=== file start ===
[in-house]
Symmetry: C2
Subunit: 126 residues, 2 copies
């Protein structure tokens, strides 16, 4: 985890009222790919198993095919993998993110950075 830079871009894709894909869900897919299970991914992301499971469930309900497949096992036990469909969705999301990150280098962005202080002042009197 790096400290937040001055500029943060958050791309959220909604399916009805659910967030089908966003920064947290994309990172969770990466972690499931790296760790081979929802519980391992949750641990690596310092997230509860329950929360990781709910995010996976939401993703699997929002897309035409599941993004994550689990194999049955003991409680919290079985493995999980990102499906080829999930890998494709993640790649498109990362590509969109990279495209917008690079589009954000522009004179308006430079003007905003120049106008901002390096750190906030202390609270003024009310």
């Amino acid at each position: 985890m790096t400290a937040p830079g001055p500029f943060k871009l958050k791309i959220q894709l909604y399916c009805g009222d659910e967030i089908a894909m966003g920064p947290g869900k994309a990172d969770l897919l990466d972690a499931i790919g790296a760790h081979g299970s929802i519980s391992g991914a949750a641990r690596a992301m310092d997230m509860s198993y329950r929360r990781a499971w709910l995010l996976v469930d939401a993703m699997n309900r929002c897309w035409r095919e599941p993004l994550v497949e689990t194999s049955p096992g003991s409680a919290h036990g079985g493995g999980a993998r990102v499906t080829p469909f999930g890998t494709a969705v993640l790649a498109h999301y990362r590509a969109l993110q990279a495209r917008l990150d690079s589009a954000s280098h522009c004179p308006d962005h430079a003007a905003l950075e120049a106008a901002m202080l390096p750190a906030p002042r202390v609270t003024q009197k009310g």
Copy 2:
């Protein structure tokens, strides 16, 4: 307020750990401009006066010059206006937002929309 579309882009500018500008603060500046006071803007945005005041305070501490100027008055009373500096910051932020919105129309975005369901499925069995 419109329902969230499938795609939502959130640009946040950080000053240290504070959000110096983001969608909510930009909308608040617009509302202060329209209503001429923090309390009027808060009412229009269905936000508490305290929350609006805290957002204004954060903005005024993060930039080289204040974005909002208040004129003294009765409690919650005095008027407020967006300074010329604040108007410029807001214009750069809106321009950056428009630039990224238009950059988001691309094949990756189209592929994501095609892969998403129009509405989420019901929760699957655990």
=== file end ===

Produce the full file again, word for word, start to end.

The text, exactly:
[in-house]
Symmetry: C2
Subunit: 126 residues, 2 copies
């Protein structure tokens, strides 16, 4: 985890009222790919198993095919993998993110950075 830079871009894709894909869900897919299970991914992301499971469930309900497949096992036990469909969705999301990150280098962005202080002042009197 790096400290937040001055500029943060958050791309959220909604399916009805659910967030089908966003920064947290994309990172969770990466972690499931790296760790081979929802519980391992949750641990690596310092997230509860329950929360990781709910995010996976939401993703699997929002897309035409599941993004994550689990194999049955003991409680919290079985493995999980990102499906080829999930890998494709993640790649498109990362590509969109990279495209917008690079589009954000522009004179308006430079003007905003120049106008901002390096750190906030202390609270003024009310």
């Amino acid at each position: 985890m790096t400290a937040p830079g001055p500029f943060k871009l958050k791309i959220q894709l909604y399916c009805g009222d659910e967030i089908a894909m966003g920064p947290g869900k994309a990172d969770l897919l990466d972690a499931i790919g790296a760790h081979g299970s929802i519980s391992g991914a949750a641990r690596a992301m310092d997230m509860s198993y329950r929360r990781a499971w709910l995010l996976v469930d939401a993703m699997n309900r929002c897309w035409r095919e599941p993004l994550v497949e689990t194999s049955p096992g003991s409680a919290h036990g079985g493995g999980a993998r990102v499906t080829p469909f999930g890998t494709a969705v993640l790649a498109h999301y990362r590509a969109l993110q990279a495209r917008l990150d690079s589009a954000s280098h522009c004179p308006d962005h430079a003007a905003l950075e120049a106008a901002m202080l390096p750190a906030p002042r202390v609270t003024q009197k009310g």
Copy 2:
């Protein structure tokens, strides 16, 4: 307020750990401009006066010059206006937002929309 579309882009500018500008603060500046006071803007945005005041305070501490100027008055009373500096910051932020919105129309975005369901499925069995 419109329902969230499938795609939502959130640009946040950080000053240290504070959000110096983001969608909510930009909308608040617009509302202060329209209503001429923090309390009027808060009412229009269905936000508490305290929350609006805290957002204004954060903005005024993060930039080289204040974005909002208040004129003294009765409690919650005095008027407020967006300074010329604040108007410029807001214009750069809106321009950056428009630039990224238009950059988001691309094949990756189209592929994501095609892969998403129009509405989420019901929760699957655990």